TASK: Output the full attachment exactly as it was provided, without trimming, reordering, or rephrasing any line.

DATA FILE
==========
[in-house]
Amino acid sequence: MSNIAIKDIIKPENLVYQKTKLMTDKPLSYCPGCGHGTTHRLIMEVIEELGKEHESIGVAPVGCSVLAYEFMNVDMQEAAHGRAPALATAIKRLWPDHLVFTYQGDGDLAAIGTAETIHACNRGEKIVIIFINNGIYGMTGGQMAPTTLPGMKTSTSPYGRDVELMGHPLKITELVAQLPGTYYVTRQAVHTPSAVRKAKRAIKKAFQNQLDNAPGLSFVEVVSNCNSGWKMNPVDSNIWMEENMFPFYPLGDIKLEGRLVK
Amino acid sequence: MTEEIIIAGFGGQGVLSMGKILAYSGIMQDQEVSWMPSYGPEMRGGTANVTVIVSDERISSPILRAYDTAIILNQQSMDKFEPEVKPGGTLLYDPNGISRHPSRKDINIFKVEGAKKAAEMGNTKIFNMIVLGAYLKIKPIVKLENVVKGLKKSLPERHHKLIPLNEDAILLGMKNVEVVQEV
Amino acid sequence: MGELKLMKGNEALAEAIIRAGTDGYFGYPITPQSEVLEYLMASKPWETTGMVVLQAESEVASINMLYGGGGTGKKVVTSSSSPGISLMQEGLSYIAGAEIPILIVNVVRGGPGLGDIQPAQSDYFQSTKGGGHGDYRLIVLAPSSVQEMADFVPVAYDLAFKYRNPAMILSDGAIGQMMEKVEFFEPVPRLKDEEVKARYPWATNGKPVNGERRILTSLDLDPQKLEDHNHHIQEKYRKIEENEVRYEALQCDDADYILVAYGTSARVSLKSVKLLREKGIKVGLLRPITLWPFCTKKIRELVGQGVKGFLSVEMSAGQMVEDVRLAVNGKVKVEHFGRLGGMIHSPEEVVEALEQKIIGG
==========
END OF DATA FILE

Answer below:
[in-house]
Amino acid sequence: MSNIAIKDIIKPENLVYQKTKLMTDKPLSYCPGCGHGTTHRLIMEVIEELGKEHESIGVAPVGCSVLAYEFMNVDMQEAAHGRAPALATAIKRLWPDHLVFTYQGDGDLAAIGTAETIHACNRGEKIVIIFINNGIYGMTGGQMAPTTLPGMKTSTSPYGRDVELMGHPLKITELVAQLPGTYYVTRQAVHTPSAVRKAKRAIKKAFQNQLDNAPGLSFVEVVSNCNSGWKMNPVDSNIWMEENMFPFYPLGDIKLEGRLVK
Amino acid sequence: MTEEIIIAGFGGQGVLSMGKILAYSGIMQDQEVSWMPSYGPEMRGGTANVTVIVSDERISSPILRAYDTAIILNQQSMDKFEPEVKPGGTLLYDPNGISRHPSRKDINIFKVEGAKKAAEMGNTKIFNMIVLGAYLKIKPIVKLENVVKGLKKSLPERHHKLIPLNEDAILLGMKNVEVVQEV
Amino acid sequence: MGELKLMKGNEALAEAIIRAGTDGYFGYPITPQSEVLEYLMASKPWETTGMVVLQAESEVASINMLYGGGGTGKKVVTSSSSPGISLMQEGLSYIAGAEIPILIVNVVRGGPGLGDIQPAQSDYFQSTKGGGHGDYRLIVLAPSSVQEMADFVPVAYDLAFKYRNPAMILSDGAIGQMMEKVEFFEPVPRLKDEEVKARYPWATNGKPVNGERRILTSLDLDPQKLEDHNHHIQEKYRKIEENEVRYEALQCDDADYILVAYGTSARVSLKSVKLLREKGIKVGLLRPITLWPFCTKKIRELVGQGVKGFLSVEMSAGQMVEDVRLAVNGKVKVEHFGRLGGMIHSPEEVVEALEQKIIGG